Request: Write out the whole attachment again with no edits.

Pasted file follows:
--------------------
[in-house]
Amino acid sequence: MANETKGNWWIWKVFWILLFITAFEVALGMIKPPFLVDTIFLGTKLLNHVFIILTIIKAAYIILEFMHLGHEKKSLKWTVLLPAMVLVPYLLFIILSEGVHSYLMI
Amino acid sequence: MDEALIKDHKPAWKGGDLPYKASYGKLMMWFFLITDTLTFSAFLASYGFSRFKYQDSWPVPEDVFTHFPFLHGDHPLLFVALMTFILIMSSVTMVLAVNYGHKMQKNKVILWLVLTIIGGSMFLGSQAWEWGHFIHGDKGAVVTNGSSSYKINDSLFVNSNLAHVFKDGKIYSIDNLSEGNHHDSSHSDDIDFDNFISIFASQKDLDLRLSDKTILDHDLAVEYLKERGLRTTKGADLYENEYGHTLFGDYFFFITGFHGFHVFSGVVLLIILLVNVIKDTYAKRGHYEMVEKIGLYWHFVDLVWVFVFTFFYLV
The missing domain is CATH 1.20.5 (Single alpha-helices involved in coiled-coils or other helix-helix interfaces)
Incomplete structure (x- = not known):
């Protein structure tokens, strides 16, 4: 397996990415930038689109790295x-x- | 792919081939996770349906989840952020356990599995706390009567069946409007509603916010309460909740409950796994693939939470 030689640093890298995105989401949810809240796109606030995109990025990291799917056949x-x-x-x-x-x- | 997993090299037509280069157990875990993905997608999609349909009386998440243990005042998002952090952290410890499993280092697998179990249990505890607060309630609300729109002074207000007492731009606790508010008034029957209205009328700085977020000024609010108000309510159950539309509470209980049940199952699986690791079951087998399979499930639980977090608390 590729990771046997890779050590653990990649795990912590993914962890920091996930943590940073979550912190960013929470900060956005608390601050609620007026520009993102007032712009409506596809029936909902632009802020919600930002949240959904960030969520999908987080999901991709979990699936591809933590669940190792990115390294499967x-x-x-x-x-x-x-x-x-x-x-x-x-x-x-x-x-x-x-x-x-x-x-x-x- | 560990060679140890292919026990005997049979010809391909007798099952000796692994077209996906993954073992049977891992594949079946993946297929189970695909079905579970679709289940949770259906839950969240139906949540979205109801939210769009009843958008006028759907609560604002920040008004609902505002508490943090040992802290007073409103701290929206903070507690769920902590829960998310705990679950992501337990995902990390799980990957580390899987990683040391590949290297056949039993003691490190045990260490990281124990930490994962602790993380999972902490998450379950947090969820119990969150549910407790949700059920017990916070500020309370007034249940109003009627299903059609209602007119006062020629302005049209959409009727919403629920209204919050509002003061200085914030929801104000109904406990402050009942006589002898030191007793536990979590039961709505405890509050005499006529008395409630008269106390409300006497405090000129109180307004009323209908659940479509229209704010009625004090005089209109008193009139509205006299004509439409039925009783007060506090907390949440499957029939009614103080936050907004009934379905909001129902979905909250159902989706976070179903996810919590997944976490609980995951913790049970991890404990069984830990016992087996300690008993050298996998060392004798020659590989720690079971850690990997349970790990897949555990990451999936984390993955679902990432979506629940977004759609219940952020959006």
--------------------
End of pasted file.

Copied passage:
[in-house]
Amino acid sequence: MANETKGNWWIWKVFWILLFITAFEVALGMIKPPFLVDTIFLGTKLLNHVFIILTIIKAAYIILEFMHLGHEKKSLKWTVLLPAMVLVPYLLFIILSEGVHSYLMI
Amino acid sequence: MDEALIKDHKPAWKGGDLPYKASYGKLMMWFFLITDTLTFSAFLASYGFSRFKYQDSWPVPEDVFTHFPFLHGDHPLLFVALMTFILIMSSVTMVLAVNYGHKMQKNKVILWLVLTIIGGSMFLGSQAWEWGHFIHGDKGAVVTNGSSSYKINDSLFVNSNLAHVFKDGKIYSIDNLSEGNHHDSSHSDDIDFDNFISIFASQKDLDLRLSDKTILDHDLAVEYLKERGLRTTKGADLYENEYGHTLFGDYFFFITGFHGFHVFSGVVLLIILLVNVIKDTYAKRGHYEMVEKIGLYWHFVDLVWVFVFTFFYLV
The missing domain is CATH 1.20.5 (Single alpha-helices involved in coiled-coils or other helix-helix interfaces)
Incomplete structure (x- = not known):
């Protein structure tokens, strides 16, 4: 397996990415930038689109790295x-x- | 792919081939996770349906989840952020356990599995706390009567069946409007509603916010309460909740409950796994693939939470 030689640093890298995105989401949810809240796109606030995109990025990291799917056949x-x-x-x-x-x- | 997993090299037509280069157990875990993905997608999609349909009386998440243990005042998002952090952290410890499993280092697998179990249990505890607060309630609300729109002074207000007492731009606790508010008034029957209205009328700085977020000024609010108000309510159950539309509470209980049940199952699986690791079951087998399979499930639980977090608390 590729990771046997890779050590653990990649795990912590993914962890920091996930943590940073979550912190960013929470900060956005608390601050609620007026520009993102007032712009409506596809029936909902632009802020919600930002949240959904960030969520999908987080999901991709979990699936591809933590669940190792990115390294499967x-x-x-x-x-x-x-x-x-x-x-x-x-x-x-x-x-x-x-x-x-x-x-x-x- | 560990060679140890292919026990005997049979010809391909007798099952000796692994077209996906993954073992049977891992594949079946993946297929189970695909079905579970679709289940949770259906839950969240139906949540979205109801939210769009009843958008006028759907609560604002920040008004609902505002508490943090040992802290007073409103701290929206903070507690769920902590829960998310705990679950992501337990995902990390799980990957580390899987990683040391590949290297056949039993003691490190045990260490990281124990930490994962602790993380999972902490998450379950947090969820119990969150549910407790949700059920017990916070500020309370007034249940109003009627299903059609209602007119006062020629302005049209959409009727919403629920209204919050509002003061200085914030929801104000109904406990402050009942006589002898030191007793536990979590039961709505405890509050005499006529008395409630008269106390409300006497405090000129109180307004009323209908659940479509229209704010009625004090005089209109008193009139509205006299004509439409039925009783007060506090907390949440499957029939009614103080936050907004009934379905909001129902979905909250159902989706976070179903996810919590997944976490609980995951913790049970991890404990069984830990016992087996300690008993050298996998060392004798020659590989720690079971850690990997349970790990897949555990990451999936984390993955679902990432979506629940977004759609219940952020959006």